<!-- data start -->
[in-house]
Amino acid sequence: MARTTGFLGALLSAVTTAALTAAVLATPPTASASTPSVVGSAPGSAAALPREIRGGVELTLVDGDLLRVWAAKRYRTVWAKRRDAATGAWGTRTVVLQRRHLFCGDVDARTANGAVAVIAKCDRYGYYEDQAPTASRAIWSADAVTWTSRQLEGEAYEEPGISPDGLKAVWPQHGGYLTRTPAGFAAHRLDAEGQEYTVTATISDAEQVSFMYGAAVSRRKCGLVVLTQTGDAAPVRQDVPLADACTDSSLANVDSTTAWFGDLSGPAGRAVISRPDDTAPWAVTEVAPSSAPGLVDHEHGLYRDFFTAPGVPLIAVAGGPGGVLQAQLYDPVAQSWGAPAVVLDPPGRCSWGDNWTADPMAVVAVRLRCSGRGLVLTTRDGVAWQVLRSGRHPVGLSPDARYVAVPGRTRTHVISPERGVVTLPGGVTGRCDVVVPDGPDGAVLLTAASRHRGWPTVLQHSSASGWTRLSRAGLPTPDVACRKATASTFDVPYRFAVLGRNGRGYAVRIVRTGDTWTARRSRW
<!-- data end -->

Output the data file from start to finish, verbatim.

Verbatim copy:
[in-house]
Amino acid sequence: MARTTGFLGALLSAVTTAALTAAVLATPPTASASTPSVVGSAPGSAAALPREIRGGVELTLVDGDLLRVWAAKRYRTVWAKRRDAATGAWGTRTVVLQRRHLFCGDVDARTANGAVAVIAKCDRYGYYEDQAPTASRAIWSADAVTWTSRQLEGEAYEEPGISPDGLKAVWPQHGGYLTRTPAGFAAHRLDAEGQEYTVTATISDAEQVSFMYGAAVSRRKCGLVVLTQTGDAAPVRQDVPLADACTDSSLANVDSTTAWFGDLSGPAGRAVISRPDDTAPWAVTEVAPSSAPGLVDHEHGLYRDFFTAPGVPLIAVAGGPGGVLQAQLYDPVAQSWGAPAVVLDPPGRCSWGDNWTADPMAVVAVRLRCSGRGLVLTTRDGVAWQVLRSGRHPVGLSPDARYVAVPGRTRTHVISPERGVVTLPGGVTGRCDVVVPDGPDGAVLLTAASRHRGWPTVLQHSSASGWTRLSRAGLPTPDVACRKATASTFDVPYRFAVLGRNGRGYAVRIVRTGDTWTARRSRW